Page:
New Section 6A of Suhakam Act Falls Short of Expectations but Nonetheless Welcomed — Hafiz Hassan

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“The government will enact a special Act to make the Children Commission Office an independent body to serve as a watchdog on issues affecting children in the country,” said Minister in the Prime Minister’s Department in charge of law and institutional reforms Datuk Seri Azalina Othman Said at a press conference on March 16.

It must be said therefore that the new Section 6A of the Human Rights Commission of Malaysia (Suhakam) Act 1999 (Act 597) has fallen short of providing for an independent Chief Children Commissioner (CCC) and Children Commissioners (CC).

The CCC and CC are but designated members of Suhakam to deal with human rights matters relating to children and whose functions “shall be in addition to, and not in derogation of, their functions” as Suhakam commissioners. [Section 6A(3)].

In other words, the functions of the CCC and CC are not specifically spelt out in the Act.

The relationship between the children commissioners and the Suhakam Chairman is reiterated in Section 6A(4) which says that in carrying out their functions, the CCC and CC “shall be subject to the direction” of the Suhakam Chairman.

Minister in the Prime Minister’s Department in charge of law and institutional reforms Datuk Seri Azalina Othman Said said that the government will enact a special Act to make the Children Commission Office an independent body to serve as a watchdog on issues affecting children in the country. — Bernama pic

By comparison, Australia’s Human Rights Commission Act 1986, which establishes a National Children’s Commissioner (NCC) under Part IIAA, sets out the functions that are to be performed by the NCC.

The NCC is specifically required under Section 46MB(1) to:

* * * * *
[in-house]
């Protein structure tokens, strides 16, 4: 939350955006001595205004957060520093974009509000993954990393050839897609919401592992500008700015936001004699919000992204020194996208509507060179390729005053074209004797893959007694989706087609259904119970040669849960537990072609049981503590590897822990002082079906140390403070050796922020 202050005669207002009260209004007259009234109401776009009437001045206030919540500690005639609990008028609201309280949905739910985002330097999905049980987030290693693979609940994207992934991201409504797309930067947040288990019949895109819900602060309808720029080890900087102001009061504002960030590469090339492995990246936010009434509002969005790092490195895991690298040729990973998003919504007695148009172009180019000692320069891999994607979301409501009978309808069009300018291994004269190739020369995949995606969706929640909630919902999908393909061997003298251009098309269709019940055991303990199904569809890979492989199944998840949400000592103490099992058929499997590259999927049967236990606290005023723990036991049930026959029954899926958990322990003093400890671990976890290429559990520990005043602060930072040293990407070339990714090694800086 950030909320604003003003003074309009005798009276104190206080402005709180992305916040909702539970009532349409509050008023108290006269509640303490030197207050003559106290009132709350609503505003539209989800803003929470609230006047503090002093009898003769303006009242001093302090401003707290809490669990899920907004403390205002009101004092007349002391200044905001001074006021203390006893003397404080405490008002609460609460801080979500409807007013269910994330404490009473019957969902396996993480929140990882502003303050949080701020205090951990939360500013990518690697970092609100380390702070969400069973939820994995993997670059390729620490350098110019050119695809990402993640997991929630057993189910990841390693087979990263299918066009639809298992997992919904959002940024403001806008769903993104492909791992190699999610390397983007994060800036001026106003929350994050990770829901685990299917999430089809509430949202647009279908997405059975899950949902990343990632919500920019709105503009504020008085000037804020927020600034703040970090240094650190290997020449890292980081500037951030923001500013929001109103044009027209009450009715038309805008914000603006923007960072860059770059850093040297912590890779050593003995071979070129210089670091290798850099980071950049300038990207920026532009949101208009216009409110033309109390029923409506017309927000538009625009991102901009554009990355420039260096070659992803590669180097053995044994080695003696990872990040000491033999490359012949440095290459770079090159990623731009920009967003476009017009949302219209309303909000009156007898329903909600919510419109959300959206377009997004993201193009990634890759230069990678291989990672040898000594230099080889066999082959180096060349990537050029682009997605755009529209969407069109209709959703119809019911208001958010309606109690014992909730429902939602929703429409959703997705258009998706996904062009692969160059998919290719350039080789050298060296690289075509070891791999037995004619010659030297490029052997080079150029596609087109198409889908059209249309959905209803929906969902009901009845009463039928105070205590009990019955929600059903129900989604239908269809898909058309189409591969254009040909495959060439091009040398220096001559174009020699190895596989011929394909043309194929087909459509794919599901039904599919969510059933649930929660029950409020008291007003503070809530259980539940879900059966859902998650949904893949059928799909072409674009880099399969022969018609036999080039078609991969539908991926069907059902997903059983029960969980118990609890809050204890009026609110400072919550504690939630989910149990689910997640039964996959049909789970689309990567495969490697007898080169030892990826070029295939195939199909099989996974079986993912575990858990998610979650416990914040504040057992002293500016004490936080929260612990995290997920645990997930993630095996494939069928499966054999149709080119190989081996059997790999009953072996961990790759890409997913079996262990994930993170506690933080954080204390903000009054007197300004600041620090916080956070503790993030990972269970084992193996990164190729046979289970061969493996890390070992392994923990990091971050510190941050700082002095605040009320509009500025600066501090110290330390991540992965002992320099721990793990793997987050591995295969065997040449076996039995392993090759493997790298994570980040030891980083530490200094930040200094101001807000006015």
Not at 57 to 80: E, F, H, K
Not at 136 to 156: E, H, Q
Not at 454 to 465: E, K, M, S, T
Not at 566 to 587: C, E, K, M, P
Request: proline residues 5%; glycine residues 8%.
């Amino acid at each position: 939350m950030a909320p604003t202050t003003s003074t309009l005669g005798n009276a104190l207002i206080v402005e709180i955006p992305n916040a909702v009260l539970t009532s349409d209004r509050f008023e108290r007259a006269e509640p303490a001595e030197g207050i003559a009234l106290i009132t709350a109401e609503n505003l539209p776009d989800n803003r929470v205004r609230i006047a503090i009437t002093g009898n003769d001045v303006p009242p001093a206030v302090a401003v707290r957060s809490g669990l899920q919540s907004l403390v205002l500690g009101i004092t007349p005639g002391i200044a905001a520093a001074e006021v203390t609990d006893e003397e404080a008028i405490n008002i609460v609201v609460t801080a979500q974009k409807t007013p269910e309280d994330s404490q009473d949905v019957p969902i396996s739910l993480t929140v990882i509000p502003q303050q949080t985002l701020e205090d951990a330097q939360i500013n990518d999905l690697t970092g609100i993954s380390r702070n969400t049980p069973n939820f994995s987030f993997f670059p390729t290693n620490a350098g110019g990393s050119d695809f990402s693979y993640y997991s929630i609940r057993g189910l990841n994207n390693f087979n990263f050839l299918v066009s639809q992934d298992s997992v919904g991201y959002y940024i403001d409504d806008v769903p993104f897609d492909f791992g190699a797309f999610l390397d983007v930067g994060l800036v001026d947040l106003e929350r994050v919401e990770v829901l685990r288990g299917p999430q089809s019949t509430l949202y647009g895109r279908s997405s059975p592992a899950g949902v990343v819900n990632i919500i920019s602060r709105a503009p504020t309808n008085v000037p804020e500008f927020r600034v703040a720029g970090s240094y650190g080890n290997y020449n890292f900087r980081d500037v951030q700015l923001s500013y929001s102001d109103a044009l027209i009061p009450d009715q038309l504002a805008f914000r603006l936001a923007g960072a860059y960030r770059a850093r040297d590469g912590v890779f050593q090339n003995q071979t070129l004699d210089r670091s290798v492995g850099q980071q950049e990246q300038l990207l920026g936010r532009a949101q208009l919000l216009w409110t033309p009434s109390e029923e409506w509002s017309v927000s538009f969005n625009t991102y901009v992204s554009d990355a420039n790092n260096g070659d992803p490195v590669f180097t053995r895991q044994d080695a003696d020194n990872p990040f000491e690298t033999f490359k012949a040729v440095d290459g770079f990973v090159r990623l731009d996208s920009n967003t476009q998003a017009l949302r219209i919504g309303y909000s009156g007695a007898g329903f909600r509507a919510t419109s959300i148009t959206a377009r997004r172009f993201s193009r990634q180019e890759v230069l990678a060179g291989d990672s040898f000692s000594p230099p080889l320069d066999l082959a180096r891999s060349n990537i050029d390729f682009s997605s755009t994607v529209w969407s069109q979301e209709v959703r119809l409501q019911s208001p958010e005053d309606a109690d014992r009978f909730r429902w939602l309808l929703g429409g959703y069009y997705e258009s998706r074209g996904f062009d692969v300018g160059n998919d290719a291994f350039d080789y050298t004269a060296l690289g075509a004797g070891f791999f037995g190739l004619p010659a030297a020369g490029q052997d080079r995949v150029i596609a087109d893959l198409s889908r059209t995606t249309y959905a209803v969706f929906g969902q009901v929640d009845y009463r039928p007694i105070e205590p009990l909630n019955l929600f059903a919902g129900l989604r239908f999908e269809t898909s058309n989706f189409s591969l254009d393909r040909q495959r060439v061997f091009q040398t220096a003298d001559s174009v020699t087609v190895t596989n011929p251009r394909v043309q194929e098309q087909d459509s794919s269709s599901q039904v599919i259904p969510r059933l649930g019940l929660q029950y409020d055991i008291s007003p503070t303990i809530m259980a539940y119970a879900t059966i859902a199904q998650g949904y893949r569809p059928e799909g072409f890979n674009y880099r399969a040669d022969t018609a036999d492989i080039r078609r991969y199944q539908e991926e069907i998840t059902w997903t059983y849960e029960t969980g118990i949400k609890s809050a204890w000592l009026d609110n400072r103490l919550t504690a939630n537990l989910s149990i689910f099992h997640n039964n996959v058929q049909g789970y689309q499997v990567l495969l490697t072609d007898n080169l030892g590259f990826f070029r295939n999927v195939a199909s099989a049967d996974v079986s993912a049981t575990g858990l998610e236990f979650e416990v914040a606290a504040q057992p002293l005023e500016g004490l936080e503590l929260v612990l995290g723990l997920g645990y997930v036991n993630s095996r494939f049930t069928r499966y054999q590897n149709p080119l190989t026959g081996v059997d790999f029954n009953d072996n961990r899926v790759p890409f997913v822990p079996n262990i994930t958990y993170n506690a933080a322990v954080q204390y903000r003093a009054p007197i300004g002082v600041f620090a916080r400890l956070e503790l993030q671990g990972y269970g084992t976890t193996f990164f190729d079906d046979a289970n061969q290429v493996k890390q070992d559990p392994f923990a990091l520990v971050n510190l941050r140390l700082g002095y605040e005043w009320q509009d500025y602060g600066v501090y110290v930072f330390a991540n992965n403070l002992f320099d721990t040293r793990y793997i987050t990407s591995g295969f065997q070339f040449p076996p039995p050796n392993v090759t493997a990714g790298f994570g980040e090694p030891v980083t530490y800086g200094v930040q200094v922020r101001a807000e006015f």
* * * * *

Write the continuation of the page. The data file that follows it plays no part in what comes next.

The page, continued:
(a) promote discussion and awareness of matters relating to the human rights of children in Australia;

(b) undertake research, or educational or other programmes, for the purpose of promoting respect for the human rights of children in Australia, and promoting the enjoyment and exercise of human rights by children in Australia;

(c) examine existing and proposed federal legislation for the purpose of ascertaining whether they recognise and protect the human rights of children in Australia, and to report to the Minister the results of any such examination.

The functions and powers of the NCC are further set out in Section 46MB(2)-(6). The last subsection is of great significance as it requires the NCC, in performing his or her functions or exercising his or her powers, to have regards to the Universal Declaration of Human 1948 and other international conventions, as amended and in force, as well as other instruments relating to human rights as the NCC considers relevant.

Be that as it may, despite falling short of expectations, the office of the CCC and CC must be welcomed.

This is the personal opinion of the writer or publication and does not necessarily represent the views of Malay Mail.

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